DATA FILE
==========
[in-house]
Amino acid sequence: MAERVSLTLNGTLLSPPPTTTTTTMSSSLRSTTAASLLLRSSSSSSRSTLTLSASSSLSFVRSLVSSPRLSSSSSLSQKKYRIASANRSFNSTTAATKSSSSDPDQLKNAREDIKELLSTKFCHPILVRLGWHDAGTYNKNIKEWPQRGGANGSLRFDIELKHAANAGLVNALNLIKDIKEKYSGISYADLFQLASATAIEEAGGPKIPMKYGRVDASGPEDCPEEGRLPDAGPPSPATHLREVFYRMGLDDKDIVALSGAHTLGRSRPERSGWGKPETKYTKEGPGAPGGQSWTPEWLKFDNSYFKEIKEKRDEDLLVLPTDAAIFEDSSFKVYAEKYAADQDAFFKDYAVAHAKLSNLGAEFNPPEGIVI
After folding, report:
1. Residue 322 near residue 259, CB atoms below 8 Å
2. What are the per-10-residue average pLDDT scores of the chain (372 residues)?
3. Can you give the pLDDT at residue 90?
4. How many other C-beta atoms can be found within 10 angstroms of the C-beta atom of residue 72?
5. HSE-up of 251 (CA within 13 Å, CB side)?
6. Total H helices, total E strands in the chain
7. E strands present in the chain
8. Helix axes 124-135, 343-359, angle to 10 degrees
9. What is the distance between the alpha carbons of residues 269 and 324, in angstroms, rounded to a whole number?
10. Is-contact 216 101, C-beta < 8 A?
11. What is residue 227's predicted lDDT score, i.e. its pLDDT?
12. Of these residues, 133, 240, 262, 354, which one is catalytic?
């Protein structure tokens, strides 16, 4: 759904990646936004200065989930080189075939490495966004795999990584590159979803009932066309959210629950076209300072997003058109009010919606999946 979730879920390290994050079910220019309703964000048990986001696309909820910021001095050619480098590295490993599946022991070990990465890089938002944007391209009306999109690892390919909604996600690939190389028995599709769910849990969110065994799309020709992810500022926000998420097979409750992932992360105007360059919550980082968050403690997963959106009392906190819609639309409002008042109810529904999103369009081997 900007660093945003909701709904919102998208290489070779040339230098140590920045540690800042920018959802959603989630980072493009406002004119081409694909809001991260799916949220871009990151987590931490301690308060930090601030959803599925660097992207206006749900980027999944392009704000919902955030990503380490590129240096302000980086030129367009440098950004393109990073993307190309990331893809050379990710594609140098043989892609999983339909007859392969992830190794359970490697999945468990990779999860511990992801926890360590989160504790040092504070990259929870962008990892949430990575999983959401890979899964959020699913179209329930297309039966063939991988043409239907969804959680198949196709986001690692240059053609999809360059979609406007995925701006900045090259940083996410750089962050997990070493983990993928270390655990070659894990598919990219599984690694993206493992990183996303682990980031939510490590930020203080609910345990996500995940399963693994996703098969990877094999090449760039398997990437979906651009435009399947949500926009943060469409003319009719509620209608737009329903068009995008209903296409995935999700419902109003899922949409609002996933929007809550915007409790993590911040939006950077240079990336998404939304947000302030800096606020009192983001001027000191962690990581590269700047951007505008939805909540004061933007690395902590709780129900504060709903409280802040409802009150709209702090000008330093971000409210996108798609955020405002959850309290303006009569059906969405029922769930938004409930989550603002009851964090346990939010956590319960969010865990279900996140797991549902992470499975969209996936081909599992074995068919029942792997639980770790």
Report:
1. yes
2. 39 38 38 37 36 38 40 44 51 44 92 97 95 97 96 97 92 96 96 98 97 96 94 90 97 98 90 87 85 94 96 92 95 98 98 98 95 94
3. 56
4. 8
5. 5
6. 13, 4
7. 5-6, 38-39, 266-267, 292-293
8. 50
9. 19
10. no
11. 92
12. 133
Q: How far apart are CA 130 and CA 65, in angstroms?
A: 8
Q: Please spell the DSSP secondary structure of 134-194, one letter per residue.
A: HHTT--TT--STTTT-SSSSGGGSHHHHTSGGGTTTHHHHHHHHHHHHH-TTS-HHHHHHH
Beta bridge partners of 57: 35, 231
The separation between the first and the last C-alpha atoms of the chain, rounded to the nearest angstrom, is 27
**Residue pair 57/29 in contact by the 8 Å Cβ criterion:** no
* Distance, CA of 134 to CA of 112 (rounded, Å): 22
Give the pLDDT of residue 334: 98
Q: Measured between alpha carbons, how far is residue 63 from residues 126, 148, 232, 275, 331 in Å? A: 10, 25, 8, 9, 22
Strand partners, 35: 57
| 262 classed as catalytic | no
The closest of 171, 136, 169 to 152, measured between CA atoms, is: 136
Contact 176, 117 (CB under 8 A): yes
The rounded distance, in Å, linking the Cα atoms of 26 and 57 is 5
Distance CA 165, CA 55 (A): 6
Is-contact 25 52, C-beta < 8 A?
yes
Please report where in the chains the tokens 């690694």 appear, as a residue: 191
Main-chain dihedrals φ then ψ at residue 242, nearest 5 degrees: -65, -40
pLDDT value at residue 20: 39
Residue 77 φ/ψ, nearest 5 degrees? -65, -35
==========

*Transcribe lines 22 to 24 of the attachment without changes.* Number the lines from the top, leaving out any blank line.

5. 5
6. 13, 4
7. 5-6, 38-39, 266-267, 292-293